The following essay was published in a catalogue for Jeremy Bolen’s 2015 exhibition, Sensors for the Unsound.
In Undark/Ottawa #1, one and a half electric clocks shine in the dark. The clock on the left is complete. It reads one thirty-five with a minute hand that has just hit the ten second mark. The second half-clock on the right appears ever so slightly in the past: while still one thirty-five, its minute hand is barely shy of the ten second marker. Both clocks bare the same vintage shape and ornamentation. One concludes they are the same clock at different instances. The second clock face is nevertheless obscured by shadow; a sheen of light clips its left hand side. Otherwise the Radiam glow of its hour and the eleven o’clock marker — vaguely resembling a finger print — minute hands, combined with a strange green-glowing smudge by are the brightest articulations of this object. They glow uncanny, bright, and almost nuclear. Like spectral energy or alien slime, the combined effect of fingerprint-ish residue and temporal marker begs investigation. One should examine the carpet for blood, perhaps, compare the finger print with those of known criminals or missing persons, perhaps even look for a bomb jerry-rigged to the clock itself…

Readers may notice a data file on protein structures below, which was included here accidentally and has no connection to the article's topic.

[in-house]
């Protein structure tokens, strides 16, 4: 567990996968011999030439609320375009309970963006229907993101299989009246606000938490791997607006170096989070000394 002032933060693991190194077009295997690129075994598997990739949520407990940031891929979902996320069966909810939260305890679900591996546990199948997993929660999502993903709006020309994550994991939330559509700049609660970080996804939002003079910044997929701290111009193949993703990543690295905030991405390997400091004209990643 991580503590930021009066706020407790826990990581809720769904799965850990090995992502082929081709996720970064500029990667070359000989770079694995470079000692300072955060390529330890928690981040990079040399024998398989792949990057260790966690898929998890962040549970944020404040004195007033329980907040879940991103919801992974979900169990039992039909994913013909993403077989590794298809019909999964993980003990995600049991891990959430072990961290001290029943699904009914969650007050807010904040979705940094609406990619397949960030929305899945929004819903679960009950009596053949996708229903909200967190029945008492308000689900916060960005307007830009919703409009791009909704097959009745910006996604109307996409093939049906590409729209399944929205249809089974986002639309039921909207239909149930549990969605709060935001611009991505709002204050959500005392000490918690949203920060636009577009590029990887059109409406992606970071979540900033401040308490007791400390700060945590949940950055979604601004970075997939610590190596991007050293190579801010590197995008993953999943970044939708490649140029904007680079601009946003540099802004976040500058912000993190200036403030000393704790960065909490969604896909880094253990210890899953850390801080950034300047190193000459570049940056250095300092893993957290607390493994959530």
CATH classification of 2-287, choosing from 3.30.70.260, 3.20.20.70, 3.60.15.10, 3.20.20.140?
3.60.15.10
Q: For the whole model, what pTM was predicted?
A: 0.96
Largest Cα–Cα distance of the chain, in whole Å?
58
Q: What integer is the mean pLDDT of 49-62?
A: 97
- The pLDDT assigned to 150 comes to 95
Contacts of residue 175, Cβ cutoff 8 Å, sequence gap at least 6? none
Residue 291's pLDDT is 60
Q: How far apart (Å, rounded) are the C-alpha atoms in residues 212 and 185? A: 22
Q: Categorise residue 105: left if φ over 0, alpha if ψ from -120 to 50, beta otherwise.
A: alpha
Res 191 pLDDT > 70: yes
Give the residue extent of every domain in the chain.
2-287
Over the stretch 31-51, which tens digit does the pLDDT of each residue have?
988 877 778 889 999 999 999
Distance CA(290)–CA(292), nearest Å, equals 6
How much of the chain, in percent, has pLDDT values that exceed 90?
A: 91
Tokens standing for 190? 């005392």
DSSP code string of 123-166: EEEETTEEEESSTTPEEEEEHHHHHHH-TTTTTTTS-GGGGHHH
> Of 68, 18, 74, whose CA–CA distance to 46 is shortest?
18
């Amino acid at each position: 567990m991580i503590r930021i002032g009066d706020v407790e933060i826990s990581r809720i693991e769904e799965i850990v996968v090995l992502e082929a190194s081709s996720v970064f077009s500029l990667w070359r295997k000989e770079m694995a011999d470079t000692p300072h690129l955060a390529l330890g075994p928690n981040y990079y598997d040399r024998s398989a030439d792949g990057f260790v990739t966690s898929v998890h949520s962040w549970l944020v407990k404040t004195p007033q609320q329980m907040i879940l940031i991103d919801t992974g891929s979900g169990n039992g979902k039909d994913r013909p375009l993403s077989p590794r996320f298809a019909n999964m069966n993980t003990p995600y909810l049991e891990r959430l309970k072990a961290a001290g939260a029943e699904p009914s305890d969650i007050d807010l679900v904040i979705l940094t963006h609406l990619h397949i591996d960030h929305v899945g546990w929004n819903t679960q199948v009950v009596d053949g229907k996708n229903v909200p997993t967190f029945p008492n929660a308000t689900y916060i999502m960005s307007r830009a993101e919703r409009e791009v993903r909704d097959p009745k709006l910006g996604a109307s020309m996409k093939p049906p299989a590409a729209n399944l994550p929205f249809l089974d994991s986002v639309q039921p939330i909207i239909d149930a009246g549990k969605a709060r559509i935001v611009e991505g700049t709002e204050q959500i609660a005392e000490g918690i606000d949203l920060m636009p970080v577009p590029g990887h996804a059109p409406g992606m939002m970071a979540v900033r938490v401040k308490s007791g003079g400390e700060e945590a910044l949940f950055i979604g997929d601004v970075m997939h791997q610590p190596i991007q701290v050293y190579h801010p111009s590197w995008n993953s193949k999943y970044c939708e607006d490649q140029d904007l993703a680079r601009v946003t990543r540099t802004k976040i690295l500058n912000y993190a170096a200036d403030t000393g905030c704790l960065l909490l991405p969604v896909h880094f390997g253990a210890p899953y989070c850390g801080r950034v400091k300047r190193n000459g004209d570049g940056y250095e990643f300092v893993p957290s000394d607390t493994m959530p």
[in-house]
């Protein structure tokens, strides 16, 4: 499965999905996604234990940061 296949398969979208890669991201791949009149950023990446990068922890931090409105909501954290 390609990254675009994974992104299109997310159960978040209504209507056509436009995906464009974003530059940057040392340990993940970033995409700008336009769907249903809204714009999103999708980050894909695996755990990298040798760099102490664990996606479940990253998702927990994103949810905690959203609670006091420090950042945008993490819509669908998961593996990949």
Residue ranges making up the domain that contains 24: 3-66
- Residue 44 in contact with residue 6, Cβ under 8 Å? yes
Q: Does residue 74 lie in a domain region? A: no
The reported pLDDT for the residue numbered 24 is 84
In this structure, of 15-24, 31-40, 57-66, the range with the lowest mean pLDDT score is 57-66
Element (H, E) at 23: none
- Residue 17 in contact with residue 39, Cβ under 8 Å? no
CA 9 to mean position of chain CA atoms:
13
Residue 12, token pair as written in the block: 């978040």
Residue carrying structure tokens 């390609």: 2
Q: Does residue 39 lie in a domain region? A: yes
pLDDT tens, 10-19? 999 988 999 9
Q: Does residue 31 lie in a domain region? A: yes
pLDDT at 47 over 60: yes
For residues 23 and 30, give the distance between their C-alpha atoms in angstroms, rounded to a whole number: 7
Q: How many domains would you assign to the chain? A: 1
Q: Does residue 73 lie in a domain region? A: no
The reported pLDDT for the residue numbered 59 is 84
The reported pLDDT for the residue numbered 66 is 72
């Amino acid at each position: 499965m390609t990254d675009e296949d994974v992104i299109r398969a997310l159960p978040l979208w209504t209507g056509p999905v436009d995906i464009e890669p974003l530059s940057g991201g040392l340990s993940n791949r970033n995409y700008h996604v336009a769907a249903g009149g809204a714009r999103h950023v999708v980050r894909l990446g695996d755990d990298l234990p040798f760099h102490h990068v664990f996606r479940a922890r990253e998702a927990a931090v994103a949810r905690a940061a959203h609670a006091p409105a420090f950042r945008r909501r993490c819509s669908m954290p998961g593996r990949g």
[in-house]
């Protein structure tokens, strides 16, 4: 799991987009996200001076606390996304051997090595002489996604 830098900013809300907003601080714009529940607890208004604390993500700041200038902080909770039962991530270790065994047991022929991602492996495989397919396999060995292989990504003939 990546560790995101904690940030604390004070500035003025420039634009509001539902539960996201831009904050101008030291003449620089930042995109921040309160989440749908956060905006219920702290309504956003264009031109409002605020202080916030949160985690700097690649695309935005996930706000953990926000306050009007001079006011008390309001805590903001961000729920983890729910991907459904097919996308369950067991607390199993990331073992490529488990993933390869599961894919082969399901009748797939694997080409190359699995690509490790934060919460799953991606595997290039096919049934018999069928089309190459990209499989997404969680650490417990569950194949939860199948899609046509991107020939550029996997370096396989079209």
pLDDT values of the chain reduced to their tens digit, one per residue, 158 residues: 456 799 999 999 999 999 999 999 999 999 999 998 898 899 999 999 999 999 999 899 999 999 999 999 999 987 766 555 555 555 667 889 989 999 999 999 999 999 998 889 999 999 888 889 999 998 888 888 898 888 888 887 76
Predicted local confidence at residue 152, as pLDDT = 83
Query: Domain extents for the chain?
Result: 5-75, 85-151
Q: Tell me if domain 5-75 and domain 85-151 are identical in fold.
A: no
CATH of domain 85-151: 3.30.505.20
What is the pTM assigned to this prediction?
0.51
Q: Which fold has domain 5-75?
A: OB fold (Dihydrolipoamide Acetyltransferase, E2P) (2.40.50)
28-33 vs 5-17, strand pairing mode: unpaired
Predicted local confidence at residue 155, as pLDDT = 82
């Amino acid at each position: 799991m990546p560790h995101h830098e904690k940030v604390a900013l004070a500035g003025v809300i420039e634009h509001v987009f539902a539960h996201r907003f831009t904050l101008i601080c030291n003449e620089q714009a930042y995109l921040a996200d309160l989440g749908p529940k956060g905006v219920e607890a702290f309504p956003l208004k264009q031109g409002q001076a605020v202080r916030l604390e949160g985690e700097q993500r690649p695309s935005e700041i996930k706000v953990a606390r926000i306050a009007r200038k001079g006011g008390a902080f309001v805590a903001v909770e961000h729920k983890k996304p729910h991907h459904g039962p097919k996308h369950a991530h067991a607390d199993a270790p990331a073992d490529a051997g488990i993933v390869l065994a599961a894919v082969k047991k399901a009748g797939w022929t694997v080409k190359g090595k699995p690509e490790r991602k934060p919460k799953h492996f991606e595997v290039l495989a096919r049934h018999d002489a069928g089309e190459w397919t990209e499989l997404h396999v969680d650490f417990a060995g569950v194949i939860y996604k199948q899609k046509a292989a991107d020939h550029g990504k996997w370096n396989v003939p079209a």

All of those impulses of human forensics nevertheless overlook something fundamental in Jeremy Bolen’s work. His photograph, Undark/Ottawa #1demands the viewer move beyond a strictly anthropocentric approach, favoring instead the blurred intersection of human agenda and materials pregnant with nonhuman agency. It is a difficult step to take. Long standing western traditions have asserted a strict division between human culture and nonhuman nature, observing further delineations and hierarchies between conscious and unconscious, living and inert, human and animal. The trouble is that those delineations aren’t as stable as we’d like to think: computer viruses behave very much like the biological viruses we consider living; plastic — a decidedly “unnatural” or fabricated-by-humans material — has a habit of washing up on beaches, melting into the sand to form amalgamated rocks, only to get pressed into geological strata thereafter, merging with the “natural” landscape. These supposedly unnatural fixtures are thus muddling humanity’s systemic and binary approach. News coverage further reinforces that blur — every day some item contains reference to global climate change: Lake Michigan waters are rising, the Northwest Passage is open, there are earthquakes in Kansas. As the longstanding tradition of the nature/culture binary dissolves, the world expands exponentially out of human control to such an extent that it seems ever-more difficult — if not impossible — to achieve an overview as an individual. The life and times of objects and their respective — often invisible — potencies is impossible to grasp.